When you’re trying to focus on one witness at a time and intermittently monitor the reactions of the Judge, the slight movements of eight different people in small squares on the screen in front of you can be a little distracting. It’s much easier to remain focused in a hearing room, where only the Judge and one witness are in your direct line of view.

Occasionally, there’s a need for your legal practitioner to speak with you privately during the hearing. At an in-person hearing, your practitioner would ask the Judge for a minute to confer with you and then either turn off their microphone or cover it with their hand. If necessary, a brief recess can be requested, and the two of you can step outside the hearing room. At a VTC hearing, a recess can also be requested. You and your practitioner can mute your computer microphones, turn on your cell phones, and confer by cell phone.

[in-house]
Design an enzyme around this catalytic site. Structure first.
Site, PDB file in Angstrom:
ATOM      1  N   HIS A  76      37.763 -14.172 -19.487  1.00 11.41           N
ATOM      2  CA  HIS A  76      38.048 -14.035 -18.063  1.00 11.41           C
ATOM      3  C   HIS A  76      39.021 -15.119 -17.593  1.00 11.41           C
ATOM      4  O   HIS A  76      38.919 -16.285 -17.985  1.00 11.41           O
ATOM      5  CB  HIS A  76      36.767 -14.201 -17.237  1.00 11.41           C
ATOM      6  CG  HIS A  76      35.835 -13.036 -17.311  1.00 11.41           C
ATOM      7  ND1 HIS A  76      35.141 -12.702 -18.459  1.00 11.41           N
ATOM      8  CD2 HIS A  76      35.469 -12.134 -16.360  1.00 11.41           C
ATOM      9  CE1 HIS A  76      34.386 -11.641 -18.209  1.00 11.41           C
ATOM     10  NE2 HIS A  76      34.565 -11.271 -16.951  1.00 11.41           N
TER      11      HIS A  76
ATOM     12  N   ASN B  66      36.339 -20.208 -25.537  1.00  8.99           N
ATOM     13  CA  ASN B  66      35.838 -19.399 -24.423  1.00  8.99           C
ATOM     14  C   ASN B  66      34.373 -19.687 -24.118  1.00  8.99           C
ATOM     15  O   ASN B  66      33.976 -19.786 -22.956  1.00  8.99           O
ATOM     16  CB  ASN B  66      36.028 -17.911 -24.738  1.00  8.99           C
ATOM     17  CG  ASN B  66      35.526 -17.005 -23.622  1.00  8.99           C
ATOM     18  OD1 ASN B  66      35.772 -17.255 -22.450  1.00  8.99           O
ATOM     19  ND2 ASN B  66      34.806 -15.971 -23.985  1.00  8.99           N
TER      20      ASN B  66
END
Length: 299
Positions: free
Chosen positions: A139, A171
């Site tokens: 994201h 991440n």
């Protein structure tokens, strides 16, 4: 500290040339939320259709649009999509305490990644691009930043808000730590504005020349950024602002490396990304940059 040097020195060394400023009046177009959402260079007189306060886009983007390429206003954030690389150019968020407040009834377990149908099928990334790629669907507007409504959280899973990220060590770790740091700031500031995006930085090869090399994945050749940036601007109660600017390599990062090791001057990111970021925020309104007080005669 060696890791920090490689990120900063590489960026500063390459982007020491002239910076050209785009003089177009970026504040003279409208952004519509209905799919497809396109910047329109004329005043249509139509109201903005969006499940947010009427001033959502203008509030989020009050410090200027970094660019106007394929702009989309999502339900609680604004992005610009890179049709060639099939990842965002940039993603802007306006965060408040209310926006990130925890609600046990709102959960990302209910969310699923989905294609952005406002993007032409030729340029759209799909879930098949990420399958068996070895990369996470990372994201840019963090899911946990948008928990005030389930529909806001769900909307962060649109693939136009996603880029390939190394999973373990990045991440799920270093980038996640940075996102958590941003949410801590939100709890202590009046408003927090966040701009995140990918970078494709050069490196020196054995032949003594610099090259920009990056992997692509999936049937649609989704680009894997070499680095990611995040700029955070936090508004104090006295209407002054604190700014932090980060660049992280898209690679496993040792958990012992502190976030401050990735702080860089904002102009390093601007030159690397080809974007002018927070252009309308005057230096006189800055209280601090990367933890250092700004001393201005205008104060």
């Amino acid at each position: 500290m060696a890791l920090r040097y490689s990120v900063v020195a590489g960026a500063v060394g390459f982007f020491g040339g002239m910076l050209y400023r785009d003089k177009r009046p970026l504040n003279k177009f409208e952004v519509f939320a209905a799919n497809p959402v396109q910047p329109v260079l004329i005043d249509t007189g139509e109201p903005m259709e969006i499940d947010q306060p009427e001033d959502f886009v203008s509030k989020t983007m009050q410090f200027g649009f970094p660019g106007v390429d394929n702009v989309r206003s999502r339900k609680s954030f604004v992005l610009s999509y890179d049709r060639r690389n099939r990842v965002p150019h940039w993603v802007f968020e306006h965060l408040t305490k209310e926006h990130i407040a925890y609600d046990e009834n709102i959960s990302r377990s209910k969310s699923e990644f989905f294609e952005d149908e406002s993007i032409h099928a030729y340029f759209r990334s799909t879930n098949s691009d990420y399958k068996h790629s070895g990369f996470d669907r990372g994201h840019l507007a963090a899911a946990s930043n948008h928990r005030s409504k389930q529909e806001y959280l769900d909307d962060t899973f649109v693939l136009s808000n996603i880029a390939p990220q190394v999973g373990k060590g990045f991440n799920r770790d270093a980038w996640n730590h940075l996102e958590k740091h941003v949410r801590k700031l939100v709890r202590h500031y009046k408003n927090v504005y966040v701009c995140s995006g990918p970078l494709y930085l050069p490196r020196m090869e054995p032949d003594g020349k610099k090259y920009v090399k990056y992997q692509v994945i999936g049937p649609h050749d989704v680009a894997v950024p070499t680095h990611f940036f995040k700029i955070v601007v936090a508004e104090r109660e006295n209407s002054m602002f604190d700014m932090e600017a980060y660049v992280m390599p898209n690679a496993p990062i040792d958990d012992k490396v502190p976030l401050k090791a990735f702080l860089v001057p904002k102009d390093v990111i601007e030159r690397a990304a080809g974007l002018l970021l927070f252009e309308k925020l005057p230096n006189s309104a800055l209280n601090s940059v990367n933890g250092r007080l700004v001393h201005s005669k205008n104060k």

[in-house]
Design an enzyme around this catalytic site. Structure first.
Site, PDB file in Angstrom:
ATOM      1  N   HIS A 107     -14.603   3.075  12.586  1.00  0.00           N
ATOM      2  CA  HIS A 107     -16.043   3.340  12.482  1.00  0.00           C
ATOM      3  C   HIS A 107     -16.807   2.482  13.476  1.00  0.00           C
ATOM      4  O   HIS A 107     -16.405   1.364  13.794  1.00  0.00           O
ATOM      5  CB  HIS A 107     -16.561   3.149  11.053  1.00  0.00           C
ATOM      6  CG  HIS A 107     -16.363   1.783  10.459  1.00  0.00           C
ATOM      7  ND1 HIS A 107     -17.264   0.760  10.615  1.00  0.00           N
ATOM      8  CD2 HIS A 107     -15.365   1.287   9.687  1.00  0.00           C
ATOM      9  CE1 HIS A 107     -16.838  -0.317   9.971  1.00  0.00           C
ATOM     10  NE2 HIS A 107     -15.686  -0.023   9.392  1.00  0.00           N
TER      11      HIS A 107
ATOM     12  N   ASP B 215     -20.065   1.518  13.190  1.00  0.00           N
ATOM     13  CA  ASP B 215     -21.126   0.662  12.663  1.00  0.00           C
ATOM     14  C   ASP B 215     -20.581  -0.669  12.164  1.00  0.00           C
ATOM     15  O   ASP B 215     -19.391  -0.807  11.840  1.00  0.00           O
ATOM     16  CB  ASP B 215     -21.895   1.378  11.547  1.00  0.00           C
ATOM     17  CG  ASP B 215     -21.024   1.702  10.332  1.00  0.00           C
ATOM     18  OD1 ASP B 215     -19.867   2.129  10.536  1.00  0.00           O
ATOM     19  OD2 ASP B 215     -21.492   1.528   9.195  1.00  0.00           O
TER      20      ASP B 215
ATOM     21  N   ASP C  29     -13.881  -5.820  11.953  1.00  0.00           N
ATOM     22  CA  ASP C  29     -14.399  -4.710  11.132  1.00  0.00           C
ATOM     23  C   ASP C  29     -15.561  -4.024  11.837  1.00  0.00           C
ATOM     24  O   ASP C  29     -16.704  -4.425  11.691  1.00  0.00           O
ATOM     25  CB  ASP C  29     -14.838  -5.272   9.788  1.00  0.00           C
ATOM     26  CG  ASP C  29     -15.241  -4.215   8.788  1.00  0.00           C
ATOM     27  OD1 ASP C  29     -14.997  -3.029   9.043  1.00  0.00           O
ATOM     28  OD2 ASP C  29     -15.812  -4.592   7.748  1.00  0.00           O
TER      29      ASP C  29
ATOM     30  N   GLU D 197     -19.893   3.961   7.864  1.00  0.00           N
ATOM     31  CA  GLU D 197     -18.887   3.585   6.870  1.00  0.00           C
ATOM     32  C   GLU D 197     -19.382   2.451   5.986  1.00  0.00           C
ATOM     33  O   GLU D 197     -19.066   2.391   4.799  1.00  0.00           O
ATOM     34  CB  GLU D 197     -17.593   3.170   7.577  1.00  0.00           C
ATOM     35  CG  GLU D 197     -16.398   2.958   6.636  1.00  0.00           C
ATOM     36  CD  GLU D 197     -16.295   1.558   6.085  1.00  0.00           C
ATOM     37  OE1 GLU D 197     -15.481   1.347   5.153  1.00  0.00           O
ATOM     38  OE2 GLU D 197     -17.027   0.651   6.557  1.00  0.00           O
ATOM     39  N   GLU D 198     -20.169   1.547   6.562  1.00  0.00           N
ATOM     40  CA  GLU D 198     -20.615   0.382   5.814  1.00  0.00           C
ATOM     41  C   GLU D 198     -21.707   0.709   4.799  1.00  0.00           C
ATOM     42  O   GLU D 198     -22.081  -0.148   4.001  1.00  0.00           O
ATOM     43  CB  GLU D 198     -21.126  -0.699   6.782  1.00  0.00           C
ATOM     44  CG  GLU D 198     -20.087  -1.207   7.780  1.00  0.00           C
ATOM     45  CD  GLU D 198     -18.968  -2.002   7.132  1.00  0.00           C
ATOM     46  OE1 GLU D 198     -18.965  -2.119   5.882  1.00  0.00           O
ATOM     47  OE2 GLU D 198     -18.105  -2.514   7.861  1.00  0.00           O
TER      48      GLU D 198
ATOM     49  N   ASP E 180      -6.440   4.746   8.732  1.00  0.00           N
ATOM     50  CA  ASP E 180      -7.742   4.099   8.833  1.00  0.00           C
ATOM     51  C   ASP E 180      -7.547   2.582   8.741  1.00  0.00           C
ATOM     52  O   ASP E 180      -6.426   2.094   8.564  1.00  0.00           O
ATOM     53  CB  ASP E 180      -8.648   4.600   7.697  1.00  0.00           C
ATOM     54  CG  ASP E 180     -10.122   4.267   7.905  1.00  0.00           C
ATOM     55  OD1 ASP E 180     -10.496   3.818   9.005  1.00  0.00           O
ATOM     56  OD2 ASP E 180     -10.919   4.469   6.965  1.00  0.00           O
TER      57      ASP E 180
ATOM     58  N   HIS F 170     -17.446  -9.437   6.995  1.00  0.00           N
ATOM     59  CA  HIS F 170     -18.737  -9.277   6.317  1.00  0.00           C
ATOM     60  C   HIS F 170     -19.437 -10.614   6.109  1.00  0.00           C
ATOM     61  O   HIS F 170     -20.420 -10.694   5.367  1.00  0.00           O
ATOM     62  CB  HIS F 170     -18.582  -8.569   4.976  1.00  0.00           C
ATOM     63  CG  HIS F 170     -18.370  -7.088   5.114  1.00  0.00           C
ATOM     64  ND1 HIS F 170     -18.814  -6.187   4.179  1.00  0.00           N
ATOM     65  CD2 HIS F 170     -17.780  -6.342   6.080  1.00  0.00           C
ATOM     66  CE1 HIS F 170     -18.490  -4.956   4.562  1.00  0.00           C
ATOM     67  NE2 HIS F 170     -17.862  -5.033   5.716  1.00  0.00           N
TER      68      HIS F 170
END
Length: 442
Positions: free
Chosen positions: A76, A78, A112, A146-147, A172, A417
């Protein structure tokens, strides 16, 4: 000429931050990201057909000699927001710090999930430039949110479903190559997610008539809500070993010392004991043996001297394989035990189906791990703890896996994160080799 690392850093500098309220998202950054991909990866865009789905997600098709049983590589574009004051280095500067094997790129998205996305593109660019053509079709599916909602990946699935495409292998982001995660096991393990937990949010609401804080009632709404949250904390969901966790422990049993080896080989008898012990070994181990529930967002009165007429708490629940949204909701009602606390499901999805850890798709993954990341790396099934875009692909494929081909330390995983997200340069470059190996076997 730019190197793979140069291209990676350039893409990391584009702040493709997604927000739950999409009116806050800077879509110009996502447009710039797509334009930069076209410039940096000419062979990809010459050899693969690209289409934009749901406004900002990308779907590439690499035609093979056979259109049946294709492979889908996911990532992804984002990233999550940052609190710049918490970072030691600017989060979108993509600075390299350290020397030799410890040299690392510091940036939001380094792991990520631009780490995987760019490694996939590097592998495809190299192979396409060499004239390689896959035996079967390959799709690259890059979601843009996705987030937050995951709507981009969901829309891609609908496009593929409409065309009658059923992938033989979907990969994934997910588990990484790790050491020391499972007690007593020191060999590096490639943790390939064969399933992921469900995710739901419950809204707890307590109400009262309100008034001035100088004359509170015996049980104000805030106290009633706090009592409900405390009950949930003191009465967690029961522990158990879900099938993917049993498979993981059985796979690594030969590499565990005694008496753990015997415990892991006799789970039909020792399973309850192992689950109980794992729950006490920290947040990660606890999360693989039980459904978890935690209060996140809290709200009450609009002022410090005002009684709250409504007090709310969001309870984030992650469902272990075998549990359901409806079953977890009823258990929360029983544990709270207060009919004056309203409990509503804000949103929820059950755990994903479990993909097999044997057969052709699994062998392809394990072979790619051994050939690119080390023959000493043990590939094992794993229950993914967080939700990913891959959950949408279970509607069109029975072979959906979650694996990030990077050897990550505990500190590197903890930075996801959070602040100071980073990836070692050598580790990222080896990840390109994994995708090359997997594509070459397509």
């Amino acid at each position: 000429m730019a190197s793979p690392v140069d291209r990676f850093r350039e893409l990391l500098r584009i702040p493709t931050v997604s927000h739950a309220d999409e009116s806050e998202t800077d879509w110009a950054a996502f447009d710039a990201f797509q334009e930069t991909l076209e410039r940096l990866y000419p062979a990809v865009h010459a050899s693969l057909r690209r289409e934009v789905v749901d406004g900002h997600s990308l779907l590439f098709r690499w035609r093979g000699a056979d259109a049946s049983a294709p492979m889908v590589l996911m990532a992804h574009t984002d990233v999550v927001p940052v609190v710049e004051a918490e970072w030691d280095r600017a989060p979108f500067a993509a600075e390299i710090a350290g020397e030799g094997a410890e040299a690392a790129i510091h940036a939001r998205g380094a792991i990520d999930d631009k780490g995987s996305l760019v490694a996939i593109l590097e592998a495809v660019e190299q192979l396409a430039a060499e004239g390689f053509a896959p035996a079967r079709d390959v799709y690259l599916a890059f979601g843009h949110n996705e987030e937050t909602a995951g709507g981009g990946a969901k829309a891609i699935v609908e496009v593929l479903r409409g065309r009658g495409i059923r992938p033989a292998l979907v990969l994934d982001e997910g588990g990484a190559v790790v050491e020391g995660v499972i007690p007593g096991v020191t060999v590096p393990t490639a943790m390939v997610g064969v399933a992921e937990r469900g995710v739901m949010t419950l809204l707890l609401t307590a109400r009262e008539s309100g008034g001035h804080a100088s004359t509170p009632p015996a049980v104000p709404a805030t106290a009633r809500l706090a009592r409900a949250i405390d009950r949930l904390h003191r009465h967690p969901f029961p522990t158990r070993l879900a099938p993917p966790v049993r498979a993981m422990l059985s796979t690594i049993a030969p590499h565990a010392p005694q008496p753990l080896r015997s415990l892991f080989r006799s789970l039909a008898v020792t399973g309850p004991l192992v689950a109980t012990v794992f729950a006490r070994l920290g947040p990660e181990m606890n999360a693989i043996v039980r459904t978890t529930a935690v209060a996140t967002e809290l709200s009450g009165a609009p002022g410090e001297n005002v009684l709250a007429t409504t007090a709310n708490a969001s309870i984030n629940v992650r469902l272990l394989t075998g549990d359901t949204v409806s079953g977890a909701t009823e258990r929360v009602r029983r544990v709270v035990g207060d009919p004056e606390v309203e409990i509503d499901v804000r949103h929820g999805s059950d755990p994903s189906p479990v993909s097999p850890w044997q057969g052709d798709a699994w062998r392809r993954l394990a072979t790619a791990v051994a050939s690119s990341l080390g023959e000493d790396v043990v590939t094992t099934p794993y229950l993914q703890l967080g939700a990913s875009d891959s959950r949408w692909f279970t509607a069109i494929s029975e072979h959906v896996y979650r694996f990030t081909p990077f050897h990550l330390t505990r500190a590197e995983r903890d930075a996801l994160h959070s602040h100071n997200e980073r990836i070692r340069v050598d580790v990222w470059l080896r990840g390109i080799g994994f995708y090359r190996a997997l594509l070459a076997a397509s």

VTC hearings represent significant cost savings to many Applicants. Plus, there’s the flexibility of having witnesses in other parts of the country testify on the Applicant’s behalf without traveling to a hearing. There are areas in the U.S. where it may not be possible to find a qualified, experienced legal practitioner to represent you at a hearing. With few exceptions, they seem to be in the greater Washington, DC area. For many Applicants, an in-person hearing means either they or their legal practitioner will have non-local travel. Suppose the person who prepared a detailed response to your Statement of Reasons (SOR) is also representing you at a hearing. In that case, that person’s non-local travel time and expenses can triple the total cost of representation. Alternatively, you can travel to the city where your practitioner is located.  It will be less expensive, but it may be too distant for your witnesses to testify at the hearing. Obviously, VTC hearings are more economical for both the Applicant and for DOHA because they eliminate travel time and expenses for everyone.